Unlike many of Scarlet Witch's insanely complicated and tragic family stories, this one actually has a happy ending, though! The souls of Billy and Tommy were reincarnated into new families, where they grew up and eventually joined the Young Avengers. Billy took after his pre-reincarnation-mom by wielding magic as the young hero Wiccan, while Tommy took after his "uncle" Pietro with his white hair and speed powers (he took the more unoriginal name Speed).

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Avengers: Disassembled

If it sounds like the Scarlet Witch has been through the ringer, that would be an understatement. Between all of the retconned familial relationships, demonic children, and alive-dead-alive again boyfriends, it's a wonder it took until 2004's Avengers #500 for her to really go insane. In the Avengers: Disassembled story arc, Scarlet Witch hits her breaking point after the Wasp accidently reminds her of her memory-wiped children. The psychotic break that follows features her going on an incredibly violent (and largely subconscious) rampage against the Avengers.

Hawkeye is killed, Vision is killed, Agatha Harkness is killed, and Doctor Strange declares that Wanda's mental break has unleashed in her the ability to reshape reality itself. After a superhero scuffle, the storyline ends with Magneto promising to give Wanda the help she needs to recover from her violent mental break, while the surviving Avengers members agree to permanently disband.

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House of M

In 2005, the Marvel crossover event House of M showcased an entirely new continuity for the heroes of the Marvel Universe. Spider-Man's Uncle Ben was alive, Mutants were the dominant life form on the planet while humans were the minority, and Wolverine regained his entire memory after decades of amnesia. The twist turned out to be that the Scarlet Witch completely overwrote reality to give everyone in the universe their dearest wish (or near to it). Since Wolverine's dearest wish was to remember his true past, that paradox allowed him to keep his memories of the original universe. Thinking that Magneto had orchestrated the reality rewriting in order to accomplish his long-time goal of mutant superiority, Wolverine got a team together to convince Scarlet Witch to turn the world back.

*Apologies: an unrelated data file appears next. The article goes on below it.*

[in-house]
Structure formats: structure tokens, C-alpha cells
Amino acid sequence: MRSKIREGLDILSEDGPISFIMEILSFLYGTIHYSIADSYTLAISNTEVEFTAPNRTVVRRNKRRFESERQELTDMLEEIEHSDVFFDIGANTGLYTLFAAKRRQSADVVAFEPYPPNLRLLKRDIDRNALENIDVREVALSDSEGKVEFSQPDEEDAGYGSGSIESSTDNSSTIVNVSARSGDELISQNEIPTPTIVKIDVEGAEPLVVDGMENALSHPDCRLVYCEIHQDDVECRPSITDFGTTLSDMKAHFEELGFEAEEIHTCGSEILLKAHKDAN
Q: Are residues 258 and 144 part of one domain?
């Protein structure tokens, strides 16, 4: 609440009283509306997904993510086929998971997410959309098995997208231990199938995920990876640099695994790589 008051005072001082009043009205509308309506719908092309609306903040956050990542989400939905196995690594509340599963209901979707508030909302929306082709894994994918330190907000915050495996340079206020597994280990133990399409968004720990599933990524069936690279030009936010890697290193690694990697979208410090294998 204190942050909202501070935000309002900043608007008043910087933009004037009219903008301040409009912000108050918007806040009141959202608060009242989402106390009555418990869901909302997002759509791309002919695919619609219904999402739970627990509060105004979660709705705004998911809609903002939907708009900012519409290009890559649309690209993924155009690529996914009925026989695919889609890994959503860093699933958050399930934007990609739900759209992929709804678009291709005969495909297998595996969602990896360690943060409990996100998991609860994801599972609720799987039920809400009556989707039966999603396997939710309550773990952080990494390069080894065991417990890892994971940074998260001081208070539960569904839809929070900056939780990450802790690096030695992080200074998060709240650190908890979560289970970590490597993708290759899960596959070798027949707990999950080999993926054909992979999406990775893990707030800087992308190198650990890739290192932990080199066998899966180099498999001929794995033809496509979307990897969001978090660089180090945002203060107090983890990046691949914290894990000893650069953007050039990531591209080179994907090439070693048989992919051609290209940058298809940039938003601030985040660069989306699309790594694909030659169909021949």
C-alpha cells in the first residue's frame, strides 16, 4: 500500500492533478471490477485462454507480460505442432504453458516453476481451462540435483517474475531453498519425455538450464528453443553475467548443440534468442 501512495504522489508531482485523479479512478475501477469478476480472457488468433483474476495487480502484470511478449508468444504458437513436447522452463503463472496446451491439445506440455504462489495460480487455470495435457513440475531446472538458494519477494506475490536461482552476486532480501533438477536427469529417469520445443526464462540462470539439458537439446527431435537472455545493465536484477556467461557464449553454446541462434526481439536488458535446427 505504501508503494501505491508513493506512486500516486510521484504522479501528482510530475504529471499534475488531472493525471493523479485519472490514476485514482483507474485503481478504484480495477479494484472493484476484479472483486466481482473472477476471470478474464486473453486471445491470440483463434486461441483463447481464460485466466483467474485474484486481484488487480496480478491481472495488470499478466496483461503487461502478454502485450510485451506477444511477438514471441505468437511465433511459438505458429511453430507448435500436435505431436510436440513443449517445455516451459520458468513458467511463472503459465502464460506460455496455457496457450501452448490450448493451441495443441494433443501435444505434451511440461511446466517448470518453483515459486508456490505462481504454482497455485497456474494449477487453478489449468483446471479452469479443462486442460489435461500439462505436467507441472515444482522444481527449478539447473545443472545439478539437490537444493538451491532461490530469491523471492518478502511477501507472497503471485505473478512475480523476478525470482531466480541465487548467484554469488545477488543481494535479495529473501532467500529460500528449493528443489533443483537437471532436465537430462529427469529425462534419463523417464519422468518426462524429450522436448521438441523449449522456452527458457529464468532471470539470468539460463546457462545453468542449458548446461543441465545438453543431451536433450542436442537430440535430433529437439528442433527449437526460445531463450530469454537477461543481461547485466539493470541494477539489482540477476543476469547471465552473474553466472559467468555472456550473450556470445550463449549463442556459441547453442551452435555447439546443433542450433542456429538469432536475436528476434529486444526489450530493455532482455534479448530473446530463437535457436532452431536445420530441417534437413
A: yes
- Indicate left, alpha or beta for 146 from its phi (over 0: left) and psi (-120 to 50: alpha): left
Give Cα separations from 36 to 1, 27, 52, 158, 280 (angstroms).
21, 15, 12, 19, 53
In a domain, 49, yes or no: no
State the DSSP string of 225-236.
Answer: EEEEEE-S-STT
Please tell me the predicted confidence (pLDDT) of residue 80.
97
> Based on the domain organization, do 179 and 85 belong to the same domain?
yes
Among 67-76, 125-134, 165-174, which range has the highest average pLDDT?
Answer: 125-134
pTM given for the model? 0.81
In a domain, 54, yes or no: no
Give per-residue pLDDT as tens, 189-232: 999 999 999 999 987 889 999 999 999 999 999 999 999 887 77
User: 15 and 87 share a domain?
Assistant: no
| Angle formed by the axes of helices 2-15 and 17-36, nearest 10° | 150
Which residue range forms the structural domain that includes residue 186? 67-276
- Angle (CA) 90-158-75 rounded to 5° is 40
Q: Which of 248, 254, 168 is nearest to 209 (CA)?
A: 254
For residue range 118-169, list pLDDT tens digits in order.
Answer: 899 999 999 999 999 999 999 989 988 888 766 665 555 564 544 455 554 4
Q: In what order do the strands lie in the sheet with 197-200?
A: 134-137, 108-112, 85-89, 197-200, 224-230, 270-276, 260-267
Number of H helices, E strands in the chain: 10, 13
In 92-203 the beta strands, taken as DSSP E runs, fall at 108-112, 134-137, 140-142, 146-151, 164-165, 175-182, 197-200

In one of the most shocking moments of Marvel history, Wanda responded to the stress and guilt by erasing the mutant genome and turning almost every mutant in the world into a powerless human. Of course, most of the named X-Men kept their superpowers, but it was still a radical departure from the massive number of mutants that existed in the Marvel universe prior. As for Scarlet Witch, the storyline had two major effects: it effectively removed Scarlet Witch from any ongoing comics (aside from an occasional cameo or line of dialogue) for the next decade, since her magic-based genocide basically made her a mutant Hitler. Secondly, it ratcheted up her power levels to ridiculous amounts. Both her culpability in the story and her literal ability to perform the reality warping would be retconned away in later stories. Which is fair; once a character becomes powerful enough to create their own alternate realities, it's hard to really justify any sort of conflict.